Kodiak Robotics has demonstrated that its autonomous trucking technology can continue working even when one of the freight truck’s tires gets blown out.
The Mountain View, Calif.-based company last week released a video that showed a Kodiak Driver autonomous truck rolling over a test rig that punctures the front driver-side tire of a Kodiak Class 8 tractor.
Even after the tire was destroyed, the Kodiak Driver stayed in control and brought the truck to a safe and complete stop while maintaining its lane, it added.
Kodiak’s fallback technology integral to demo
This blown-out tire demonstration relied on Kodiak's fallback technology that guides a Kodiak self-driving truck to a safe stop in the event of a critical system failure.
Upon experiencing the blowout, the autonomous system can immediately detect the tire fault, identify and adapt to the new vehicle dynamics, initiate the fallback protocol, trigger the hazard lights to turn on, and bring the truck to a stop within the lane, the company said. The speed of detection and level of control is critical for ensuring the safety of all motorists.
“People ask us all the time 'what happens if you blow a tire,' and we wanted to showcase how the Kodiak Driver can maintain control more precisely than a traditional truck, even with a completely destroyed tire,” said Don Burnette, founder and CEO of Kodiak Robotics in a statement. “We can't control the hazards trucks will face on the open road, but we can control how the trucks behave when a critical situation occurs.
“By demonstrating that the Kodiak Driver can maintain complete control under such duress, we're showing the world just how safe this technology is designed to be,” he said.
The dangers of blown-out tires
The company stressed the major safety risks of tire blowouts. It noted that a front tire blowout instantly causes trucks to behave erratically and unpredictably, potentially resulting in a loss of control, jackknifing, or other extremely dangerous situations.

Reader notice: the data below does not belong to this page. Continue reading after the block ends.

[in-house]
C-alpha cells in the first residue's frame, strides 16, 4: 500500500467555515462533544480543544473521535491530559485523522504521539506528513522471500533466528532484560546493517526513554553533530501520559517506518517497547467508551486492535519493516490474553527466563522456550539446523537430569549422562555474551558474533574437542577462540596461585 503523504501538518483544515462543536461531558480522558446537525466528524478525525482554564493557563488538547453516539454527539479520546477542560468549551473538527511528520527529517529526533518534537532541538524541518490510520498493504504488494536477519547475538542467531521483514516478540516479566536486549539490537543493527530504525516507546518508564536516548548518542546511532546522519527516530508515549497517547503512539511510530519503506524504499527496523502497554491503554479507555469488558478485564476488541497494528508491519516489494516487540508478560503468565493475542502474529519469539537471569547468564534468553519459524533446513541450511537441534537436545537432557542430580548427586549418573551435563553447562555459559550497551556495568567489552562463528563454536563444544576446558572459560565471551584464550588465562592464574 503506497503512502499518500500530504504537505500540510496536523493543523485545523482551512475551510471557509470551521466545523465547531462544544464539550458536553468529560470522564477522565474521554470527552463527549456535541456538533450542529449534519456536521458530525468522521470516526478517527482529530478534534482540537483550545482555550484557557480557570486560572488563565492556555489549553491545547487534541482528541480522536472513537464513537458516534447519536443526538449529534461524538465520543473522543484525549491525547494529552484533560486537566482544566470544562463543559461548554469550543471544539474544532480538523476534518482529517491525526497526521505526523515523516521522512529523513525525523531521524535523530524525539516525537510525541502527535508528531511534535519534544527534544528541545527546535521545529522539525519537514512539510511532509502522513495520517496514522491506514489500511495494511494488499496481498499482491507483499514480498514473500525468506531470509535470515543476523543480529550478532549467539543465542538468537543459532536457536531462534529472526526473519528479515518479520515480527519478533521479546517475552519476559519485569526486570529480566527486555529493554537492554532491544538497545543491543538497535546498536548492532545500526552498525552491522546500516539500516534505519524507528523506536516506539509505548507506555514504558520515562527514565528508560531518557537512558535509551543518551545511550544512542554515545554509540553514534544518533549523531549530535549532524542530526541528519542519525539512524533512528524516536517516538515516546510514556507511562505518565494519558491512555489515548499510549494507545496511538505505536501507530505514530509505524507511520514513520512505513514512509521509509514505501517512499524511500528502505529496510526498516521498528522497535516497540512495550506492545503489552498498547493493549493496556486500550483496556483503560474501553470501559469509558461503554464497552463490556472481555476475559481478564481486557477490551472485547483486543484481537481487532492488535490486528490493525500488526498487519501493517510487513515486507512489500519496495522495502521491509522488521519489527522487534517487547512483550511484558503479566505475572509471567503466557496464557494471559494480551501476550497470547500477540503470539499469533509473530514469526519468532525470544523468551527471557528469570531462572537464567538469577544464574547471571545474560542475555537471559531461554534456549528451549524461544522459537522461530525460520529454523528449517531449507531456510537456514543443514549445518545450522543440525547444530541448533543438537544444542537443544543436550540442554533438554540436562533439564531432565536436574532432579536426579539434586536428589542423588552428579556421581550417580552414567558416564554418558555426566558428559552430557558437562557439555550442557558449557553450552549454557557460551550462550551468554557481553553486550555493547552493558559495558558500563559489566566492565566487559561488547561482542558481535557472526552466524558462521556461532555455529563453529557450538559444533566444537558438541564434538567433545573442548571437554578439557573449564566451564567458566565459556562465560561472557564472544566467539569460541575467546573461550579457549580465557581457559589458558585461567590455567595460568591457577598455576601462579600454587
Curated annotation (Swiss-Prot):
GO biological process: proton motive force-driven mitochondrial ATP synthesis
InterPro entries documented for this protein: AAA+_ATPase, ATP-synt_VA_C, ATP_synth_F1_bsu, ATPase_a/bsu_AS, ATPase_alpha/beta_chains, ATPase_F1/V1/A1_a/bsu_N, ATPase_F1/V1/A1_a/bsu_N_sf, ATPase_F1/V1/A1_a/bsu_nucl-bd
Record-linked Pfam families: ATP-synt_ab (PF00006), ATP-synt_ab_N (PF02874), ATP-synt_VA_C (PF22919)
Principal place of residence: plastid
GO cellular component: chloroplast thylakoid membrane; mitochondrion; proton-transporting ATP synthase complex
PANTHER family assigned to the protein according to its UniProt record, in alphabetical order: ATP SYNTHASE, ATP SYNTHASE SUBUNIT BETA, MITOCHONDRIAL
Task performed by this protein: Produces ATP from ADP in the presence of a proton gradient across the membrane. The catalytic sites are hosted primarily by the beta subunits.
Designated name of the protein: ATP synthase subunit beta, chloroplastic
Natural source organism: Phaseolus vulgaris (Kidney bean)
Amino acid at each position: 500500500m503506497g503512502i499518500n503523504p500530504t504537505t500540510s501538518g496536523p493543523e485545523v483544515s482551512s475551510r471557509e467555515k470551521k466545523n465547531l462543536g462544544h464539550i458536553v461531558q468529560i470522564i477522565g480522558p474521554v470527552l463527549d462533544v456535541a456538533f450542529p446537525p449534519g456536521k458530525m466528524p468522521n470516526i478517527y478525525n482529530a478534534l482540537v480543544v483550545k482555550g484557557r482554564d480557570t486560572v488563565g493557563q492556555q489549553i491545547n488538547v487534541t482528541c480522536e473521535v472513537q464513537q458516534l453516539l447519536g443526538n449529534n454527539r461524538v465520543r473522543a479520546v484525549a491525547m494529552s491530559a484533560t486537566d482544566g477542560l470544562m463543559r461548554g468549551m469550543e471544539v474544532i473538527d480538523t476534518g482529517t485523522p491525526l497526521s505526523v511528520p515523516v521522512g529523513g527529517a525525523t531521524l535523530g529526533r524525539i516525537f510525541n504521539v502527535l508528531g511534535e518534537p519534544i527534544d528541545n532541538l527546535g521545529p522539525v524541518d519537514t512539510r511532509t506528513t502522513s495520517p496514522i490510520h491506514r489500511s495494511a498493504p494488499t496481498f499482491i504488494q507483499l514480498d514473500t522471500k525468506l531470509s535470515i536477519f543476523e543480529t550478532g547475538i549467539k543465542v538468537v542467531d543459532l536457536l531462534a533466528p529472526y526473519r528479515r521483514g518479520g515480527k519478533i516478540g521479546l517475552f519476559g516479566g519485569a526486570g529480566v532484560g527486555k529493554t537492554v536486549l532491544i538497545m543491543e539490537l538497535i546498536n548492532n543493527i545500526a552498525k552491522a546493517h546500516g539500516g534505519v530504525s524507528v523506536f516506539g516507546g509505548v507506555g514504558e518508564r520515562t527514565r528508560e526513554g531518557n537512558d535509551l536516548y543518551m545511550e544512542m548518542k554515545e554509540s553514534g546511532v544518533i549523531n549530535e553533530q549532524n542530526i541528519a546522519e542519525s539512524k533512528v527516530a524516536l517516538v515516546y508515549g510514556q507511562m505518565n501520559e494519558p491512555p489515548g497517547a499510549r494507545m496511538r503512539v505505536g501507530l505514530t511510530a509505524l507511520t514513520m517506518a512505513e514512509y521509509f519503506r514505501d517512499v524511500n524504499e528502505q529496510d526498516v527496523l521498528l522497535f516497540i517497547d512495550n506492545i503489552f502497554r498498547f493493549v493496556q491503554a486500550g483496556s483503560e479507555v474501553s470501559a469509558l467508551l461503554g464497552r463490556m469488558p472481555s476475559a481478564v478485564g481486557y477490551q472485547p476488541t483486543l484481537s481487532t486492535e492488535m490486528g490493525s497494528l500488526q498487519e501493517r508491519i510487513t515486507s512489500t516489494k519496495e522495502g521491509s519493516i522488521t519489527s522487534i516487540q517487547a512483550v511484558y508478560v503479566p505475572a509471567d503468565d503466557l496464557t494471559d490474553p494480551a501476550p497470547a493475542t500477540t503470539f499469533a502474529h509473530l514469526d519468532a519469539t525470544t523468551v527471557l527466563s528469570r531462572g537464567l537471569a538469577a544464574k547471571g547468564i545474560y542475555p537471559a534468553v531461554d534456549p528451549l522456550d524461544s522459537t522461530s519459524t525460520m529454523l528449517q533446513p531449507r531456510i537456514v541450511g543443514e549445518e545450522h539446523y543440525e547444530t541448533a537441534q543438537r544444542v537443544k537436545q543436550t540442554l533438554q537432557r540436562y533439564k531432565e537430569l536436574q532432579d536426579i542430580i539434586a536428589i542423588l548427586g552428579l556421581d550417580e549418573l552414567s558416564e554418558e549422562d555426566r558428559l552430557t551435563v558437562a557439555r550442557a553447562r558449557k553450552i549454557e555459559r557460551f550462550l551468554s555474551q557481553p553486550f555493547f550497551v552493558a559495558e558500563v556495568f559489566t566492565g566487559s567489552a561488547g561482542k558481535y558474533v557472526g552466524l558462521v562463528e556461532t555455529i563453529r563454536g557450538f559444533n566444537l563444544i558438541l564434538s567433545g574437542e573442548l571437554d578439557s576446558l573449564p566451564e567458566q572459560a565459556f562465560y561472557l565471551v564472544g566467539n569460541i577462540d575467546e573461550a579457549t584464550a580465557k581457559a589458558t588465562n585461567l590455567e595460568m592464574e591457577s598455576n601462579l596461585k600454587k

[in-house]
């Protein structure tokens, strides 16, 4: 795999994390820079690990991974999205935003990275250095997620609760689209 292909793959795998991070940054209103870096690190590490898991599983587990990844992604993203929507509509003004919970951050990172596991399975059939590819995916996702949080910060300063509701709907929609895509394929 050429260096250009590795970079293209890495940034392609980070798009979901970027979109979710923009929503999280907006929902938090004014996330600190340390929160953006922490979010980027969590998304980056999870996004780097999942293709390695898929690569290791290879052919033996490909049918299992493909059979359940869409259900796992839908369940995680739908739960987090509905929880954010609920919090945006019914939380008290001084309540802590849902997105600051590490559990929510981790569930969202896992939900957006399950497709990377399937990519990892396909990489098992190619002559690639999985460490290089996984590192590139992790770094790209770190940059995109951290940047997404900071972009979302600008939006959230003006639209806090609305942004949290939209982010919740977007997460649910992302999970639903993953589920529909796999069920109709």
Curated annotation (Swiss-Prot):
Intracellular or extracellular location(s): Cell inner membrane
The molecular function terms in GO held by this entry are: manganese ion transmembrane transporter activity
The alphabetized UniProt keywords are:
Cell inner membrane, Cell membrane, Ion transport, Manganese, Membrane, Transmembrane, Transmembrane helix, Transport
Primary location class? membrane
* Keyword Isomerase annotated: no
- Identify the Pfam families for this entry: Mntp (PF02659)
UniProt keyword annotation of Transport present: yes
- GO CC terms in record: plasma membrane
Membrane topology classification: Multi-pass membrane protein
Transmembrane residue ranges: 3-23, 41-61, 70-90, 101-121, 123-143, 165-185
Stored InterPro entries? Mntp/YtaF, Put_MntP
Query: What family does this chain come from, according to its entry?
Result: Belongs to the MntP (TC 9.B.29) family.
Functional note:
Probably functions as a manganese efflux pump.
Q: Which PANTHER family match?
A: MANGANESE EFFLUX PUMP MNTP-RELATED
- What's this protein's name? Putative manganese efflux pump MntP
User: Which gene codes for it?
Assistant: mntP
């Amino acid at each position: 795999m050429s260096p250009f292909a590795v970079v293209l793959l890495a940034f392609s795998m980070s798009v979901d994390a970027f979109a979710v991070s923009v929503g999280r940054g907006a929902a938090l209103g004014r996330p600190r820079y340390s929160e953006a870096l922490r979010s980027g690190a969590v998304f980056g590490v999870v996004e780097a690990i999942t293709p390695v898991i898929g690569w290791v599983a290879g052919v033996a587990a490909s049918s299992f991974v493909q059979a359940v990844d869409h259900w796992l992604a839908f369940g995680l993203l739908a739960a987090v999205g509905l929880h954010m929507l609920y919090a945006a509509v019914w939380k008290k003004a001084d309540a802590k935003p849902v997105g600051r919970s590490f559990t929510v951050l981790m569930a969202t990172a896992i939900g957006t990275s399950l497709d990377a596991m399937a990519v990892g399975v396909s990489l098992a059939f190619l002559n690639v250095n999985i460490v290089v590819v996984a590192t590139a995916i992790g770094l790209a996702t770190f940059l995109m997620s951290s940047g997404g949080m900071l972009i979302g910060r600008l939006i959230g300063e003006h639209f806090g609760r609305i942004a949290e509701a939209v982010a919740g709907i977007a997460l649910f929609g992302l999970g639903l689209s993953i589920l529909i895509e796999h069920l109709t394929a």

Kodiak’s self-driving trucks react instantly to the changes in the vehicle's dynamics, the company said. In the case of the blown tire, the truck compensates for the failed tire by applying an entirely different steering angle.
The company added that it has tested this capability many times to assure consistent reliability. In order to clearly demonstrate the Kodiak Driver's ability to maintain precise control in such a volatile situation, Kodiak executed an in-lane fallback at a proving grounds in Texas.
If a tire were to blow in a real-world setting, the truck would automatically execute its fallback plan, typically pulling it to a safe stop on the side of the road.
Recent partnership announcements
Kodiak Robotics Inc. was founded in 2018 and develops autonomous truck technology. It said its unique modular hardware approach integrates sensors into a streamlined sensor-pod structure that optimizes for perception, scalability, and maintainability.
The demonstration follows partnership announcements with IKEA, Werner, and Pilot Company.
The company delivers freight daily for its customers along four routes in Texas and Oklahoma, operating autonomously on the highway portions of the routes.
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